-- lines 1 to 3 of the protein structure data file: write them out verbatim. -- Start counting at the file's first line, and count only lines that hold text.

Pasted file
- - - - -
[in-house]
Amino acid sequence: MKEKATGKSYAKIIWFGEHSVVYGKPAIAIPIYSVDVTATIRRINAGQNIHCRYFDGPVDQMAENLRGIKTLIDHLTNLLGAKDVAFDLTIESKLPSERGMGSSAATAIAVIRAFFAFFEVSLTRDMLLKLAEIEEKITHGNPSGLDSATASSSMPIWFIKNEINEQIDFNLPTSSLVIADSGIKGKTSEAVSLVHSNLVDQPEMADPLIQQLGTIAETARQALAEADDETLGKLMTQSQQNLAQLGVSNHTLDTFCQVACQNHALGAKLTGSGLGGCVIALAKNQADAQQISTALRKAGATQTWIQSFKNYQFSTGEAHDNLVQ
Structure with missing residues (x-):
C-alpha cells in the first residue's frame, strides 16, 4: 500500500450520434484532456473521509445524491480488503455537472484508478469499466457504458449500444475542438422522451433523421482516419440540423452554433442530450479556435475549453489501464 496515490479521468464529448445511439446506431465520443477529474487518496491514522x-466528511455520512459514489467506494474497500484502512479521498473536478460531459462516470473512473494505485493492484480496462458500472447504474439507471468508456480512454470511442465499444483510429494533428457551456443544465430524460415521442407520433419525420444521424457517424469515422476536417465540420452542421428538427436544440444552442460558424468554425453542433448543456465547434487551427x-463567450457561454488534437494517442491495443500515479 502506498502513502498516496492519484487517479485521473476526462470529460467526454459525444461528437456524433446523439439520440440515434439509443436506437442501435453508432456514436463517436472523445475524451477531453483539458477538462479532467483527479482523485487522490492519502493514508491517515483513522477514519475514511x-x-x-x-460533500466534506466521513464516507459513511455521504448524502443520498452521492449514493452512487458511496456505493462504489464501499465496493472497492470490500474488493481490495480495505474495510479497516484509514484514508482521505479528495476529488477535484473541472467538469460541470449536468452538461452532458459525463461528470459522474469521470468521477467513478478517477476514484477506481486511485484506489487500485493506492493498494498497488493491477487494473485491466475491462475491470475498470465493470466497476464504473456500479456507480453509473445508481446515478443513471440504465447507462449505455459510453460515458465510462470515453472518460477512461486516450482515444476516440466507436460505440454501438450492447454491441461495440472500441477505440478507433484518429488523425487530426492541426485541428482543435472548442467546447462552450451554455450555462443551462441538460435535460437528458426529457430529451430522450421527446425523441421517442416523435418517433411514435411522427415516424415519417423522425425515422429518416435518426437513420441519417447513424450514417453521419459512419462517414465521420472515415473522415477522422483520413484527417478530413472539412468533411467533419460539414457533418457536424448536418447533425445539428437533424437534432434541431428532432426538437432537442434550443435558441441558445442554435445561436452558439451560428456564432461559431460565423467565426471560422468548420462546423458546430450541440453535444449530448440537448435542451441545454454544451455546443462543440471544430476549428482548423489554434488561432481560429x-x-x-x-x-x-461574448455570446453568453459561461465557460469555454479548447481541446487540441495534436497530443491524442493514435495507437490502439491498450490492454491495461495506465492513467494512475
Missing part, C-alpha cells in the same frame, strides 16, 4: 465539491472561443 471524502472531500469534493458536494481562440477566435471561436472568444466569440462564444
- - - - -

[in-house]
Amino acid sequence: MKEKATGKSYAKIIWFGEHSVVYGKPAIAIPIYSVDVTATIRRINAGQNIHCRYFDGPVDQMAENLRGIKTLIDHLTNLLGAKDVAFDLTIESKLPSERGMGSSAATAIAVIRAFFAFFEVSLTRDMLLKLAEIEEKITHGNPSGLDSATASSSMPIWFIKNEINEQIDFNLPTSSLVIADSGIKGKTSEAVSLVHSNLVDQPEMADPLIQQLGTIAETARQALAEADDETLGKLMTQSQQNLAQLGVSNHTLDTFCQVACQNHALGAKLTGSGLGGCVIALAKNQADAQQISTALRKAGATQTWIQSFKNYQFSTGEAHDNLVQ
Structure with missing residues (x-):